Internet privacy is paramount in this day and age, and we are not only referring to the canceled net neutrality laws in the US. The Tor Browser and Network have enabled countless people to browse and act anonymously on the internet. Regardless of all the positive aspects of the technology, it is all but popular, especially since it gives users potential access to the mysterious Dark Web.
The Tor Project and Internet Privacy
The Tor Project is a technology aimed at creating a network that provides all its participants the benefit of anonymity. When using a Tor Browser, everything you do is encrypted and gets forwarded through three locations within the worldwide network, making it impossible, or at least incredibly hard, to track you or your online activity. The Tor Project is therefore aimed at making sure you cannot be spied on by anyone, be it private individuals, the government or corporations. The origins of this technology actually lie within a U.S. government institution, that started its development with the basic need of the U.S. government being able to communicate over the internet in a secure manner. The project then later was turned into an open-source project and handed over to a non-profit organization, that has been responsible for it ever since, making it accessible to anyone.
Why is this move important? Because the more users the Tor Network has, the more anonymous the single person becomes. If only a small number of people would communicate with each other, it impacts the efficiency of creating anonymity in a negative way.
Using a Tor Browser doesn’t Mean You’re Safe
An adequate example here would be the case of a Harvard student that used the Tor Browser to issue a bomb threat in 2013 to avoid an exam. He used the encrypted network to set up a fake email account and compose the threat email. This email, however, carried the originating IP-Address, which obviously did not help identify him, but it did tell investigators he was using the Tor Network. While the activity within the network, as said, is encrypted, your ISP can still see that you are connected to it, even though your actual activity is hidden. In this case, the student connected to the Tor Network from the school’s public Wifi and as he was the only soul using a Tor Browser at the time of the email being sent, it was still very easy to catch him.
Two lessons here: In order to be anonymous, the more people the better. If more people use the service, making out an individual is very difficult. The other one is the fact, that hiding your activity is not the only thing one has to be aware of to stay anonymous.
Internet Privacy: Why Should We Strive to be Anonymous Online?
You may ask why we should strive to make our online activities anonymous and there is a very simple answer to that: because literally, a ton of people are interested in what you do online. You may as well ask if it isn’t a risk, allowing people to be completely anonymous, as this could make their criminal activity even more dangerous or may even be a catalyst to illegal proceedings.
We live in a day and age where it is proven and completely out in the open that we are spied on from all sides. Governments, Corporations and Black Hat Hackers. The key phrase that is heard all too often in connection with this is “I have nothing to hide” therefore saying you don’t think one should be concerned about internet privacy.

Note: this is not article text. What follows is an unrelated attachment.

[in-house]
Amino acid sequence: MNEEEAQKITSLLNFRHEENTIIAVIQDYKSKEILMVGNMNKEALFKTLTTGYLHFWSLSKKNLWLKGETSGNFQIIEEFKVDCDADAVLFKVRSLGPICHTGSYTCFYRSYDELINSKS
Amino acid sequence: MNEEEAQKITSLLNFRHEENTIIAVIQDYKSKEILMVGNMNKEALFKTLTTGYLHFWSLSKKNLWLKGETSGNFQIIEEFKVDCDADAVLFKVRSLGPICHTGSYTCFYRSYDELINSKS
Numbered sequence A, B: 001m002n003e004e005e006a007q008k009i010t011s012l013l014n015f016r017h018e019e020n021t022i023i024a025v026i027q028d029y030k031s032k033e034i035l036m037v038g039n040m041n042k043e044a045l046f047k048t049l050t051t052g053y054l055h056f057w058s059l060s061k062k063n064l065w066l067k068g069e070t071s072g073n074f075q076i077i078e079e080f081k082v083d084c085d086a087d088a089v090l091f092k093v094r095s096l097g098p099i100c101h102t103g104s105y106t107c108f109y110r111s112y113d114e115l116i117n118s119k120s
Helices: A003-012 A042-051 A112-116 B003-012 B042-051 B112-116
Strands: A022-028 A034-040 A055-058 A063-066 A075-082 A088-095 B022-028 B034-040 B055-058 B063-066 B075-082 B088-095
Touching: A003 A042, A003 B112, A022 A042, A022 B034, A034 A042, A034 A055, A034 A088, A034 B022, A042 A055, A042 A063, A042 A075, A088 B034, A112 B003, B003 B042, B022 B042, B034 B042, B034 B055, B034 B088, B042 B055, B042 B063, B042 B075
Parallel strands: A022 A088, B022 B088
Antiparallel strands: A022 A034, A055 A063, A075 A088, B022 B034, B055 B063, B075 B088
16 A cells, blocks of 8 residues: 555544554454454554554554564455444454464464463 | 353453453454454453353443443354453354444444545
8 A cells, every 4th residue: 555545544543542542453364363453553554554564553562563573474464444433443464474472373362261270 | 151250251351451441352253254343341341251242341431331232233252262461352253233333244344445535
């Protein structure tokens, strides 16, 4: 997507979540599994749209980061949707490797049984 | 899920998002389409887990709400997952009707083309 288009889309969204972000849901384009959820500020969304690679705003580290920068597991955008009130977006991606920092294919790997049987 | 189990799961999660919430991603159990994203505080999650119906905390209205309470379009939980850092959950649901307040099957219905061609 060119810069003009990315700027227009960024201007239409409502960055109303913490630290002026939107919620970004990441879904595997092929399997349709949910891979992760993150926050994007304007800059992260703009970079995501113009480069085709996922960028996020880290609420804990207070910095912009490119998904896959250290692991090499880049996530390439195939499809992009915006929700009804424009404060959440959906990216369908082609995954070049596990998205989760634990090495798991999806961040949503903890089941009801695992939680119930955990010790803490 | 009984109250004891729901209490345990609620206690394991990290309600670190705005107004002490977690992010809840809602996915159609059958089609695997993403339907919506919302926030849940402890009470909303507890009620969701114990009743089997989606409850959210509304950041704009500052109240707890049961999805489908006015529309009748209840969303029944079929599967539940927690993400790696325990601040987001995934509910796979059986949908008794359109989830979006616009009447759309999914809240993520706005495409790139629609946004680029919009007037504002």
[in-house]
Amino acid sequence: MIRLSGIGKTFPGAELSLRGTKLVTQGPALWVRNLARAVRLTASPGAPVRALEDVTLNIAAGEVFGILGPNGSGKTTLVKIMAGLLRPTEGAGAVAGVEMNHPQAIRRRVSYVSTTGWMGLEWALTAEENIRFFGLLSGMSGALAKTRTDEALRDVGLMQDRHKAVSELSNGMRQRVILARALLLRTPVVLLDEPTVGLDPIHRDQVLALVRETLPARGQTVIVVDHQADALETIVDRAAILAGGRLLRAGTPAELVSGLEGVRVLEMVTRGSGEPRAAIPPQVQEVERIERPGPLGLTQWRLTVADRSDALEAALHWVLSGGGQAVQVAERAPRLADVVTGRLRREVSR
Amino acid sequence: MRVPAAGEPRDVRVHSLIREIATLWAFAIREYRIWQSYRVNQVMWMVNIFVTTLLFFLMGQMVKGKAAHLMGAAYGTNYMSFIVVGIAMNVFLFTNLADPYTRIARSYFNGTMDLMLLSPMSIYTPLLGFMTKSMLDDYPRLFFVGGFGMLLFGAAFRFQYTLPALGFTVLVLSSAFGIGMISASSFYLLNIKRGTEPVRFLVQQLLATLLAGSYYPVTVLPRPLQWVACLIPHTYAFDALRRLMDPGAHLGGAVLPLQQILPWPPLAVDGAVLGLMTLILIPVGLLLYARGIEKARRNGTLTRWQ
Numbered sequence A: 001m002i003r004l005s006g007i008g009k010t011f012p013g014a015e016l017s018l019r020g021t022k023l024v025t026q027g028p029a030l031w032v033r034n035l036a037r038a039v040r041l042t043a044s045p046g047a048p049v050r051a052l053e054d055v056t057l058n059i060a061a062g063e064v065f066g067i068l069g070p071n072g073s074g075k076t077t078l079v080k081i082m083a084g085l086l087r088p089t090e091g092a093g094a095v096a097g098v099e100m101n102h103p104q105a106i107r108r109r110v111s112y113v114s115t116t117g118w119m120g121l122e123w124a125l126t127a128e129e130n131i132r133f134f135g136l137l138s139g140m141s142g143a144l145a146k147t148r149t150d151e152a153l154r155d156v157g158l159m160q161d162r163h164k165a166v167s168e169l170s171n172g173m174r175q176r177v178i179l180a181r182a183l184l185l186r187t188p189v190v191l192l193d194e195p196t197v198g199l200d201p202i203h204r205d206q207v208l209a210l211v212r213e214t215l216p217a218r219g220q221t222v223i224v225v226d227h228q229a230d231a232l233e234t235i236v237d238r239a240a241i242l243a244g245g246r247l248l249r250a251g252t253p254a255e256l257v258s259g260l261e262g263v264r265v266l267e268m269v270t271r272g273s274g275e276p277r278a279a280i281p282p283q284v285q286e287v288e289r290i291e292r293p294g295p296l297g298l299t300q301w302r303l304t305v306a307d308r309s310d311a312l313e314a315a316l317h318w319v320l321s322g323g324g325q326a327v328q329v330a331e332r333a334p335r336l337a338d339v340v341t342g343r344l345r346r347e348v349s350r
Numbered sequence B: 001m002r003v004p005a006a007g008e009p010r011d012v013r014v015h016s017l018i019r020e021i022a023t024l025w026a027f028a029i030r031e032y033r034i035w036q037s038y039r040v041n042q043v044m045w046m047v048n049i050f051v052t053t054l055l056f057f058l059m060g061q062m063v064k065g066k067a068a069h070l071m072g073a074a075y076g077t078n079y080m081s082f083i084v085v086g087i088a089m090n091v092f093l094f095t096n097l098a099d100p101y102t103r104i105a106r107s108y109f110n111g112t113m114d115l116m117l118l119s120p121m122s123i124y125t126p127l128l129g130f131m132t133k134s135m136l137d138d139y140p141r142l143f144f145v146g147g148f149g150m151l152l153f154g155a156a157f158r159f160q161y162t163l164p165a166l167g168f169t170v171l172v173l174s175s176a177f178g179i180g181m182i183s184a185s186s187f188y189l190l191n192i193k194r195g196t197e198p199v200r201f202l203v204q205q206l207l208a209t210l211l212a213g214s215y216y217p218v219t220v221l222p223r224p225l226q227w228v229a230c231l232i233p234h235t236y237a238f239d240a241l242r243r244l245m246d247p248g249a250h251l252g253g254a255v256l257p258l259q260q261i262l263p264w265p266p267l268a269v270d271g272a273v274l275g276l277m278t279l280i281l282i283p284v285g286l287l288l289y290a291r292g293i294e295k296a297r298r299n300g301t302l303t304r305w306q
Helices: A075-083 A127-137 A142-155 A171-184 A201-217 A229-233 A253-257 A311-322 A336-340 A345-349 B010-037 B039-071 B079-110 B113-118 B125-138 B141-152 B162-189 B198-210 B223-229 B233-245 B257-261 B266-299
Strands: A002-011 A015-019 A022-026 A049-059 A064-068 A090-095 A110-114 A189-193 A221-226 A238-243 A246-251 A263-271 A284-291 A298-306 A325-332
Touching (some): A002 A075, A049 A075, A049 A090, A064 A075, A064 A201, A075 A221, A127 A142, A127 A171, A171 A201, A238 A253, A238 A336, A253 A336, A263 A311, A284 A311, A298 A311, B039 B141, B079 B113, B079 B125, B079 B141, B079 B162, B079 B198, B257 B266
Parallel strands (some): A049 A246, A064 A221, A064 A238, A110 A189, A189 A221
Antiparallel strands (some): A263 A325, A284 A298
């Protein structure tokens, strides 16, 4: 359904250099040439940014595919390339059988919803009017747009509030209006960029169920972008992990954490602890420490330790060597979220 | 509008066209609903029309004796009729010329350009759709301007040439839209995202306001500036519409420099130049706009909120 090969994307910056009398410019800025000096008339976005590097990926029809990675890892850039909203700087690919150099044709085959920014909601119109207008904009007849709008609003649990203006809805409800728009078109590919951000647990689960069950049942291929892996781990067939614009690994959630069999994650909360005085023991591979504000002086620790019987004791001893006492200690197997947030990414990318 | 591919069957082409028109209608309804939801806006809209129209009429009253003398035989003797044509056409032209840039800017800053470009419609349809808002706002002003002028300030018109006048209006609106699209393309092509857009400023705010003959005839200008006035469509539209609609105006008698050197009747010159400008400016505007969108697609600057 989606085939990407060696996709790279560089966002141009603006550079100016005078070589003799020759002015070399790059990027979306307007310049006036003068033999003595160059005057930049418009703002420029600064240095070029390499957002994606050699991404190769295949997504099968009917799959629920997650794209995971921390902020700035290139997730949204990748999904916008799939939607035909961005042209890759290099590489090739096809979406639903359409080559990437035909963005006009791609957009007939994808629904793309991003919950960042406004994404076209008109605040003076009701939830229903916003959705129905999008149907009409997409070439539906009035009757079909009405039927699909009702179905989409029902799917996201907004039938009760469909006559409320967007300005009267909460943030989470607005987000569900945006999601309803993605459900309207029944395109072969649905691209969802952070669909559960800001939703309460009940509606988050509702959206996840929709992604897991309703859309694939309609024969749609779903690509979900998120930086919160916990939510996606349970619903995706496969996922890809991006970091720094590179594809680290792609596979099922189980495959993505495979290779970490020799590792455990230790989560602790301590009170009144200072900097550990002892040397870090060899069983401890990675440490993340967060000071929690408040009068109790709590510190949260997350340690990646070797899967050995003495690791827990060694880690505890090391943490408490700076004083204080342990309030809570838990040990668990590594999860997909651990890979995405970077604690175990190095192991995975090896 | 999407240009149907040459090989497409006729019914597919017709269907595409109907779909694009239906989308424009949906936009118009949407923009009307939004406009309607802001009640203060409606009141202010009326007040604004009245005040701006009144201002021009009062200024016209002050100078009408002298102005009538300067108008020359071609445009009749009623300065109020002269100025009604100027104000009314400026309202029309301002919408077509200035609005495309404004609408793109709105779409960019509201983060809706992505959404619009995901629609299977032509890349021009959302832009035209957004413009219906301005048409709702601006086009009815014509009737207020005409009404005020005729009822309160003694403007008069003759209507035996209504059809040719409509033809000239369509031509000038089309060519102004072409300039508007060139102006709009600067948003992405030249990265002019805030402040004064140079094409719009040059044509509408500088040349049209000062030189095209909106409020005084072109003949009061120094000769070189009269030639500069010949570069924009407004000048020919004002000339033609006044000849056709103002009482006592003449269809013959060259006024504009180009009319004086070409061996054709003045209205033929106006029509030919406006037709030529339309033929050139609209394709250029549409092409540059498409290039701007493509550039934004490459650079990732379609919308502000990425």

The point is this – you may think you have nothing to hide. Fine! Let’s put it this way: as soon as a stranger enters your home and starts jerking off to your old family albums in your living room, you definitely will have something to hide from that perv. And why should be the internet different from the physical world you move in? The devices you use, including what you store on and access with them, should be as private as the inside of your home. You may invite people in to share certain parts with a select group, but you won’t leave the door open for people to come in and inspect everything you have as they please. That’s why we have locks on doors and that’s why we should have securely encrypted ways to access the internet and be anonymous. It’s as simple as that.
Internet Anonymity and Criminality
And yes, anonymity will always attract criminals, like dark alleyways do, but using the fact that criminals exist as an excuse to abandon the need for internet privacy and encryption is the wrong conclusion. People argue that anonymity will, in the end, only benefit criminals and by being transparent we would spot those people earlier. Let’s transfer this to the physical world once more.
Imagine we would give our governments unrestricted control to come by any house and search it. Without a warrant, just being as transparent as possible, do you think that would hinder criminal minds? It wouldn’t without a targeted approach, and a targeted approach can be made without complete transparency already. If there’s a reason and evidence one is a criminal a warrant can be obtained and acted upon. The problem we are facing right now is that the laws of our physical worlds don’t properly carry over to the digital world. However often people cry out for making us as transparent as possible, be aware that this is mostly not needed and will probably not improve the apprehension of criminals or increase the general safety.
Quite the contrary actually. Making people more vulnerable for the state to observe means making people more vulnerable in general. Rest assured if a government hacker can spy on you, be aware that there are countless more black hat hackers around the world interested in your online activity for various reasons.
The Tor Browser is an important tool for many people and should be used by many more. What it is held back by is the notion of criminal behavior in the Dark Web, which is not as bad as its reputation, and does not outweigh the positive aspects of the Tor Project.
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